UK succeeded on its trial for its biggest energy storage project in their history.
According to UK Power Networks (UKPN), the £18.4 million “big battery” has proved it can potentially transform the energy grid and play a major role in the transition towards a low carbon economy.
The 6MW to 10MW Smarter Network Storage (SNS) facility located in Leighton Buzzard stores energy when demand is low and releases it at peak times.
It has the capacity to power around 6,000 homes for an hour and a half at peak times or roughly 1,100 homes for a whole day, or even 27,000 homes for a full hour when demand is lower.
UKPN claims this is the first grid-scale battery storage project in the country and the only one of its kind currently operating on the energy network.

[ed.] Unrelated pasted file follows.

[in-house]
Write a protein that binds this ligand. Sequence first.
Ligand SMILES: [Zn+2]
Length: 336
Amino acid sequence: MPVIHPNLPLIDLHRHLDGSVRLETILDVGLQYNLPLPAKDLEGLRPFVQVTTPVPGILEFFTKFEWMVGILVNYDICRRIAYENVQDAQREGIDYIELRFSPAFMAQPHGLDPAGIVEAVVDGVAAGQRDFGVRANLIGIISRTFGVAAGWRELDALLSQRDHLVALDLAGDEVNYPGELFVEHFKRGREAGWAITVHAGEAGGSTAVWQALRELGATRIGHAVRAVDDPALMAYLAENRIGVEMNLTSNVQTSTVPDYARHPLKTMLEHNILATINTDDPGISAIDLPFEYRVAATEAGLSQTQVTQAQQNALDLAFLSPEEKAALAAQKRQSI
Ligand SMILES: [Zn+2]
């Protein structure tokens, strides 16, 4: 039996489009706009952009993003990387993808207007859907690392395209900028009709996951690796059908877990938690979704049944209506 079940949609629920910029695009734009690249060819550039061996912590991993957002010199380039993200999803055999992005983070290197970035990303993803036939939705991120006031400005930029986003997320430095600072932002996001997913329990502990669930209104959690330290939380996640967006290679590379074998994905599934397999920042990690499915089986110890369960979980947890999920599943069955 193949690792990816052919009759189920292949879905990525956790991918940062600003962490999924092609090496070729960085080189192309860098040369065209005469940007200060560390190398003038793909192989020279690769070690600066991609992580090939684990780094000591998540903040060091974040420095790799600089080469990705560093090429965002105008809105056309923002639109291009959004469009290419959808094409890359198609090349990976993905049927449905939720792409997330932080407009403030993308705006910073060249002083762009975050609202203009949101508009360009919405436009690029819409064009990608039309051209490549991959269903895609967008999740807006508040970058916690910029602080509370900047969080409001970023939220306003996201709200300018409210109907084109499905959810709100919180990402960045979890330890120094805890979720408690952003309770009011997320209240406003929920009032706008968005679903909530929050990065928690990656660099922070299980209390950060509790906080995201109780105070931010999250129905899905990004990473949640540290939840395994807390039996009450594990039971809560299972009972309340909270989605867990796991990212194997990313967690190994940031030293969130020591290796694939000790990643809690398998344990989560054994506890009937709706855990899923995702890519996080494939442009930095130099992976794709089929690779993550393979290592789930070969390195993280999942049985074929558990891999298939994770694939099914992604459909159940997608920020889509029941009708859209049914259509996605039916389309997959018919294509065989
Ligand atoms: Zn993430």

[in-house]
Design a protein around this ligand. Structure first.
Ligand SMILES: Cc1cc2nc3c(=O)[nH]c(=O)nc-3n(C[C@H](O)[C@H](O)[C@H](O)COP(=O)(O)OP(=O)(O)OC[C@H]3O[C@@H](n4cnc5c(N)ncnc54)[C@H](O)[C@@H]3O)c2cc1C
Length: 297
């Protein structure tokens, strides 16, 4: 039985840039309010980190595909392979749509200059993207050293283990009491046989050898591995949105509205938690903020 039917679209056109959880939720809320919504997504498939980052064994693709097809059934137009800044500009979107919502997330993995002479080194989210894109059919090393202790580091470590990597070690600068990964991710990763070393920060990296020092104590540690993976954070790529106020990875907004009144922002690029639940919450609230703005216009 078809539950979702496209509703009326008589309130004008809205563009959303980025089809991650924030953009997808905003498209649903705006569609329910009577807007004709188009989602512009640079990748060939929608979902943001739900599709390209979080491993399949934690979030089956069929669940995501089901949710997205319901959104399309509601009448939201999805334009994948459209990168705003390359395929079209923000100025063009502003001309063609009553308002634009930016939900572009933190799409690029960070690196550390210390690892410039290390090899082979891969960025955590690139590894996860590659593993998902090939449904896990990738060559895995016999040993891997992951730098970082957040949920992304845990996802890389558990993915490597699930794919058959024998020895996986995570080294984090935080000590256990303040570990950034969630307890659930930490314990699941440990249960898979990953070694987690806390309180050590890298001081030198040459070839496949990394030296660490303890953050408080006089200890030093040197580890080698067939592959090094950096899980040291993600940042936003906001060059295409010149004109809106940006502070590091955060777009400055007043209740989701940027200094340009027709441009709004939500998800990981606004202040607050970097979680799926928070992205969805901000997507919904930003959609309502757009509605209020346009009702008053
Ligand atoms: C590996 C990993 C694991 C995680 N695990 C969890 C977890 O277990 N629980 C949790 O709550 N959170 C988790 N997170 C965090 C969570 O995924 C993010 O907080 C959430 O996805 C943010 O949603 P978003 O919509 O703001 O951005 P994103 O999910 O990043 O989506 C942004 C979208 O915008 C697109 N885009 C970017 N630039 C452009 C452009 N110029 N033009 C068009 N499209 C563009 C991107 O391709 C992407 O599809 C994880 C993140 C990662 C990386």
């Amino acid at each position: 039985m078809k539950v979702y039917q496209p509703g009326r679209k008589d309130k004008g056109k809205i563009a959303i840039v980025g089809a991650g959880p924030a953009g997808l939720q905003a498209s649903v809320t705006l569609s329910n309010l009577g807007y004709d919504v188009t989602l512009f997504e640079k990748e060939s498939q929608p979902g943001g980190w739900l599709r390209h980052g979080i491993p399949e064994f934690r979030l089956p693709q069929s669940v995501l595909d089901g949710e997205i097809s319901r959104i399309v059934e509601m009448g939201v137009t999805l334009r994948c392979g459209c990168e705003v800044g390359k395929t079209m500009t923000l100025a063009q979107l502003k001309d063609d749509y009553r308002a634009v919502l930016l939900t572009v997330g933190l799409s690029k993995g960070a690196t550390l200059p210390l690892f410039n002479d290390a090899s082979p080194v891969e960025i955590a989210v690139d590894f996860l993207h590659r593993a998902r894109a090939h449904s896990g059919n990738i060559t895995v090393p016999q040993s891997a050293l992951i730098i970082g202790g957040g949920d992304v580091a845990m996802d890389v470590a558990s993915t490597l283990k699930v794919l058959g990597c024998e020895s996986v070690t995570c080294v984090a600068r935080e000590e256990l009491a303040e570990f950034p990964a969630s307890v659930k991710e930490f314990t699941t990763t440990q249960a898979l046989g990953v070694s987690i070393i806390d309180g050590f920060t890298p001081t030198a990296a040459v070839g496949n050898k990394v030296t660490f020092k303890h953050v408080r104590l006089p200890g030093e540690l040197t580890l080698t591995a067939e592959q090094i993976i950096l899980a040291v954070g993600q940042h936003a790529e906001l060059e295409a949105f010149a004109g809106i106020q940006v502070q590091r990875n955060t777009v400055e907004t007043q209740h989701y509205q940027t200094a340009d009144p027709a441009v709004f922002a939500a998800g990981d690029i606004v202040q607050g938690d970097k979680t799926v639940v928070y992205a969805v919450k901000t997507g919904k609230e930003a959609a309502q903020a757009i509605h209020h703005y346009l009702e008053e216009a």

Director of Safety, Strategy and Support Services at UKPN, Suleman Alli said “as we move towards a low carbon, decentralised, digital energy system, all eyes are on the role of storage – especially batteries – in Britain’s electricity network. We believe that grid-scale storage has a huge role to play in addressing the challenges the industry faces.”
“The trial has drawn attention to the fact that the UK’s regulatory framework needs to evolve to help exploit its full potential. For example, energy storage currently incurs a double carbon levy – both when it stores energy and when it releases it,” he added.